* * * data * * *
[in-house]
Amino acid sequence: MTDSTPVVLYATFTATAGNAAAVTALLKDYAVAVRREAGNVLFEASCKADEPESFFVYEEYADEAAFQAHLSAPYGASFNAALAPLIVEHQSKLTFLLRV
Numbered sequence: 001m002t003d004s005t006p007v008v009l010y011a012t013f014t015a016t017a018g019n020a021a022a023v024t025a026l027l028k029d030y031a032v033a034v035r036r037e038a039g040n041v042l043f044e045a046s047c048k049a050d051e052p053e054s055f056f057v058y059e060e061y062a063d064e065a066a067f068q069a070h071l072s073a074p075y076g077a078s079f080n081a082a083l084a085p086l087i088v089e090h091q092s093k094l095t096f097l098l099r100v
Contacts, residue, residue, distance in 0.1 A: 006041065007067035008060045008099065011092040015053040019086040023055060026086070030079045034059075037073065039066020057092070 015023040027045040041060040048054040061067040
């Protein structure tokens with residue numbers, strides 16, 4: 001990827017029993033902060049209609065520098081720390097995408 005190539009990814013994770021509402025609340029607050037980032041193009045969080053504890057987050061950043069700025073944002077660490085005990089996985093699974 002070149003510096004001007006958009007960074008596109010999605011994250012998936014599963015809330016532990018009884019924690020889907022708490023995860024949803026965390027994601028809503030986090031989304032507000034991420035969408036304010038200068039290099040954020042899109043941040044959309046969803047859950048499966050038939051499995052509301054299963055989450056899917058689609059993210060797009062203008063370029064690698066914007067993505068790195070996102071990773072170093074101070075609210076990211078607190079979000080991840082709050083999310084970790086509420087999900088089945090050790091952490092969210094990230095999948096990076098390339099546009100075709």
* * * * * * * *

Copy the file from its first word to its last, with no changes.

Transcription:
[in-house]
Amino acid sequence: MTDSTPVVLYATFTATAGNAAAVTALLKDYAVAVRREAGNVLFEASCKADEPESFFVYEEYADEAAFQAHLSAPYGASFNAALAPLIVEHQSKLTFLLRV
Numbered sequence: 001m002t003d004s005t006p007v008v009l010y011a012t013f014t015a016t017a018g019n020a021a022a023v024t025a026l027l028k029d030y031a032v033a034v035r036r037e038a039g040n041v042l043f044e045a046s047c048k049a050d051e052p053e054s055f056f057v058y059e060e061y062a063d064e065a066a067f068q069a070h071l072s073a074p075y076g077a078s079f080n081a082a083l084a085p086l087i088v089e090h091q092s093k094l095t096f097l098l099r100v
Contacts, residue, residue, distance in 0.1 A: 006041065007067035008060045008099065011092040015053040019086040023055060026086070030079045034059075037073065039066020057092070 015023040027045040041060040048054040061067040
């Protein structure tokens with residue numbers, strides 16, 4: 001990827017029993033902060049209609065520098081720390097995408 005190539009990814013994770021509402025609340029607050037980032041193009045969080053504890057987050061950043069700025073944002077660490085005990089996985093699974 002070149003510096004001007006958009007960074008596109010999605011994250012998936014599963015809330016532990018009884019924690020889907022708490023995860024949803026965390027994601028809503030986090031989304032507000034991420035969408036304010038200068039290099040954020042899109043941040044959309046969803047859950048499966050038939051499995052509301054299963055989450056899917058689609059993210060797009062203008063370029064690698066914007067993505068790195070996102071990773072170093074101070075609210076990211078607190079979000080991840082709050083999310084970790086509420087999900088089945090050790091952490092969210094990230095999948096990076098390339099546009100075709």